The Recognitions

by William Gaddis

Other authorsWilliam H Gass (Introduction)
Paperback, 2012




Dalkey Archive Press, (2012)


The book Jonathan Franzen dubbed the "ur-text of postwar fiction" and the "first great cultural critique, which, even if Heller and Pynchon hadn't read it while composing Catch-22 and V, managed to anticipate the spirit of both" The Recognitions is a masterwork about art and forgery, and the increasingly thin line between the counterfeit and the fake. Gaddis anticipates by almost half a century the crisis of reality that we currently face, where the real and the virtual are combining in alarming ways, and the sources of legitimacy and power are often obscure to us.

User reviews

LibraryThing member RickHarsch
Skimming or Swimming in Gaddis

Of course, one can never know if one is reading the original of The Recognitions.
Especially as it is packaged by those noble and normally nonpareil packagers Dalkey Archive.
Here’s the entirety of the two blocks of print on back of the book:
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always spoken of as the most over-looked important work of the last several literary generations…Through the famous obscurity of THE RECOGNITIONS, Mr. Gaddis has become famous for not being famous enough.” --Cynthia Ozick’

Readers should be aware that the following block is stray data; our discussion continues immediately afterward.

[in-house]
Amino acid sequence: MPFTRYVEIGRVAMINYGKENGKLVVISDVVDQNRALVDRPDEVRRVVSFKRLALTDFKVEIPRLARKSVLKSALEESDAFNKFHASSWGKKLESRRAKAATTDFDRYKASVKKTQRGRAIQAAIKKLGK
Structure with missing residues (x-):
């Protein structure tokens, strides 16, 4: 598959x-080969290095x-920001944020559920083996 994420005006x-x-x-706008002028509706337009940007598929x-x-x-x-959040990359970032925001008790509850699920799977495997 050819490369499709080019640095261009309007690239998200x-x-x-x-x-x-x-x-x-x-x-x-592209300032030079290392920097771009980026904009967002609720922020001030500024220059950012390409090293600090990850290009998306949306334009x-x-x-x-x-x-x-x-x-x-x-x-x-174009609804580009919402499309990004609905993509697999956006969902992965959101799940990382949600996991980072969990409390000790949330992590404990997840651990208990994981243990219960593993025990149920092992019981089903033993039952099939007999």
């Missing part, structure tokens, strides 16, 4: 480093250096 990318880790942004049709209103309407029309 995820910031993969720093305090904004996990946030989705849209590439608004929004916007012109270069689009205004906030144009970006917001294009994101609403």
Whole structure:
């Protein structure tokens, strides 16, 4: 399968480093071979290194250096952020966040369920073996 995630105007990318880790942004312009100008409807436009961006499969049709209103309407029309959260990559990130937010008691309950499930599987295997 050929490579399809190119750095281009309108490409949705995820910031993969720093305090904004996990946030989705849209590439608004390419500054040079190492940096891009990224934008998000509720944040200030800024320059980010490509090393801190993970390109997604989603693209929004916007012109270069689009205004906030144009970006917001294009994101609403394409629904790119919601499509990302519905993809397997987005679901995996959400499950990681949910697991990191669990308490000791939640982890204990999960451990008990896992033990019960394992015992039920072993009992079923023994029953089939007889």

‘Dubbed by Jonathan Franzen the “ur-text of postwar fiction” and the “first great cultural critique, which, even if Heller and Pynchon hadn’t read it while composing Catch-22 and V., managed to anticipate the spirit of both”—THE RECOGNITIONS is a masterwork about art and forgery, and the increasingly thin line between the counterfeit and the fake. Gaddis anticipates by almost half a century the crisis of reality that we currently face, where the real and the virtual are combining in alarming ways, and the sources of legitimacy and power are often obscure to us.’

Having ordered the book via mail, I read it anyway. And luckily it included an introduction by William Gass that brilliantly challenged me to give the book its due as I went along at any, I think he implied, preferred speed. What I found was neither an ur-text nor the first great anything, although it did have in it much about forgery, fakery, counterfeitery, shallowness, posturing, either as passionately assertive activities of city folk or bumblings of lost city folk, mostly blindly assertive, even as a sort of rings of hell for the tortured honest as can be (’…increasingly thin line between the counterfeit and the fake…’ ? Is that really what they meant to say? If so, it is not inaccurate, but awfully limiting.).